Moravian beer culture shines at Chodovar Brewery located inside elaborately-painted 13th century catacombs in the town of Chodová Planá. Their tour lets you wander through dimly-lit tunnels to glimpse medieval beer brewing relics. Top off your underground journey by sampling Chodovar's unfiltered, unpasteurized lagers in the chilly caves.
If you venture to Olomouc, make sure to visit Svatováclavský pivovar. The brewpub is housed in a monastery founded in 1645 and serves monastery-brewed beer in their regal Baroque hall. Try their excellent Czech-style India Pale Ale, dark lager, or unique Mandarin Wheat ale flavored with mandarin oranges.
No list of top Czech breweries is complete without mentioning the trailblazing brewery Mateřídouška in the town of Rožnov. Mateřídouška has been brewing craft beers since 1992 and reshaped Czech beer culture through introducing American craft beer styles to local drinkers. The pub's ever-evolving tap list includes their flagship American-style amber ale alongside pilsners, IPAs, stouts, and unique seasonal creations like gingerbread or nettle beers.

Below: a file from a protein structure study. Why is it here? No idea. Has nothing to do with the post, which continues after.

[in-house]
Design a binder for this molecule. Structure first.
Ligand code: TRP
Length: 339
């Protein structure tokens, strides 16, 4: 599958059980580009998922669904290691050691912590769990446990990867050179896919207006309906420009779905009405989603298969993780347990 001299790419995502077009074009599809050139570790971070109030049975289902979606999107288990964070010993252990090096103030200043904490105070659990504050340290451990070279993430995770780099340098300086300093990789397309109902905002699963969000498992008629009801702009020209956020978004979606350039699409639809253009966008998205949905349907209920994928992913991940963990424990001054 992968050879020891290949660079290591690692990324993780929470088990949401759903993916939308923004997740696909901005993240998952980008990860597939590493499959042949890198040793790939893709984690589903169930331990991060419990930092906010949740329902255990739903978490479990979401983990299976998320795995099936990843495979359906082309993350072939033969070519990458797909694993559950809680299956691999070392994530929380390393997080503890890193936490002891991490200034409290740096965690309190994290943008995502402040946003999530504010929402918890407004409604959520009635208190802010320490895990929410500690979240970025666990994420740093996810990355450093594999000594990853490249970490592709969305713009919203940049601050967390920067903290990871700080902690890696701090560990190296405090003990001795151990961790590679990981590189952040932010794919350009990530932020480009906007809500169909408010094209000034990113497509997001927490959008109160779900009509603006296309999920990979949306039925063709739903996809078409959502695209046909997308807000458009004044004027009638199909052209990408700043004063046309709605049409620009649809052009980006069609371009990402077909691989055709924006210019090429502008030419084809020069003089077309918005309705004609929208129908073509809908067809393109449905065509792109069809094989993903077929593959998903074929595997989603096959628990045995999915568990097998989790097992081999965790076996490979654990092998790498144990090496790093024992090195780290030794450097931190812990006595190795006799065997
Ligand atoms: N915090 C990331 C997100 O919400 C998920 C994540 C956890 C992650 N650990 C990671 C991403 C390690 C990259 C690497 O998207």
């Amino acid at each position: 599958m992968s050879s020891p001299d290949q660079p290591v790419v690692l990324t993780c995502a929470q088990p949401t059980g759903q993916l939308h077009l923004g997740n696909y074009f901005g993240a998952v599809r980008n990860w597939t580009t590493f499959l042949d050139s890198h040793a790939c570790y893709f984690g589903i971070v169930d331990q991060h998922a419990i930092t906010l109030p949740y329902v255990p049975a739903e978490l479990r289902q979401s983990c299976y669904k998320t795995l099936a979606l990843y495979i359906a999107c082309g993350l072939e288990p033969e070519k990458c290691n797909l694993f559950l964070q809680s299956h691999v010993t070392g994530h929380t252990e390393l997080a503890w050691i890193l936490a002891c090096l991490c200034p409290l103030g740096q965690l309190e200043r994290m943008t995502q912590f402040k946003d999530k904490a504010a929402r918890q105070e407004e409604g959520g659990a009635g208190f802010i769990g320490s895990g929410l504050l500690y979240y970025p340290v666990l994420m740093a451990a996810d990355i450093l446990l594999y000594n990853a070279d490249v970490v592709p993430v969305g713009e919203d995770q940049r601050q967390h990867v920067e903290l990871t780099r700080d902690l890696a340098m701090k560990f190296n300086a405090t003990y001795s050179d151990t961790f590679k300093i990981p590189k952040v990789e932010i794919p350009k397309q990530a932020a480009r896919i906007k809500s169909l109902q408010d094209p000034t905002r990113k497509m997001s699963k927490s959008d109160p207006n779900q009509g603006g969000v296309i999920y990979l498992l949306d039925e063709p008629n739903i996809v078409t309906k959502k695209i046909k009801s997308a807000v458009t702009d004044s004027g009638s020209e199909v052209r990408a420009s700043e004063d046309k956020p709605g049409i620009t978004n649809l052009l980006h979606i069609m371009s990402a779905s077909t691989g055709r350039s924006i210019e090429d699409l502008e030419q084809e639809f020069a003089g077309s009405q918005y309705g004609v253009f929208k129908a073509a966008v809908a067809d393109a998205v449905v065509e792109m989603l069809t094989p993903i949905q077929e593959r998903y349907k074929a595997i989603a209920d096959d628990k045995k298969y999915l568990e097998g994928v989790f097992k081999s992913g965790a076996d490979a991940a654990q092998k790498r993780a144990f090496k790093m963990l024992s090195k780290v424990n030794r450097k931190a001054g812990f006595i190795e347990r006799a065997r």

The Complete Guide to Czech Beer: A Deep Dive into the History, Styles, Breweries, and Tasting Tips for Exploring Prague's Famous Brewing Scene - How to Properly Taste and Appreciate Czech Beer
With over 1,500 years of brewing history spanning Gothic castles, Renaissance monasteries, and Communist-era factories, it’s no wonder Czech beer has developed such mystique. While Czechs make it look easy to knock back crisp, golden pilsner after pilsner, appreciating the nuances of this storied brewing tradition takes practice. Follow these tasting tips to get the most out of every Czech beer you sample.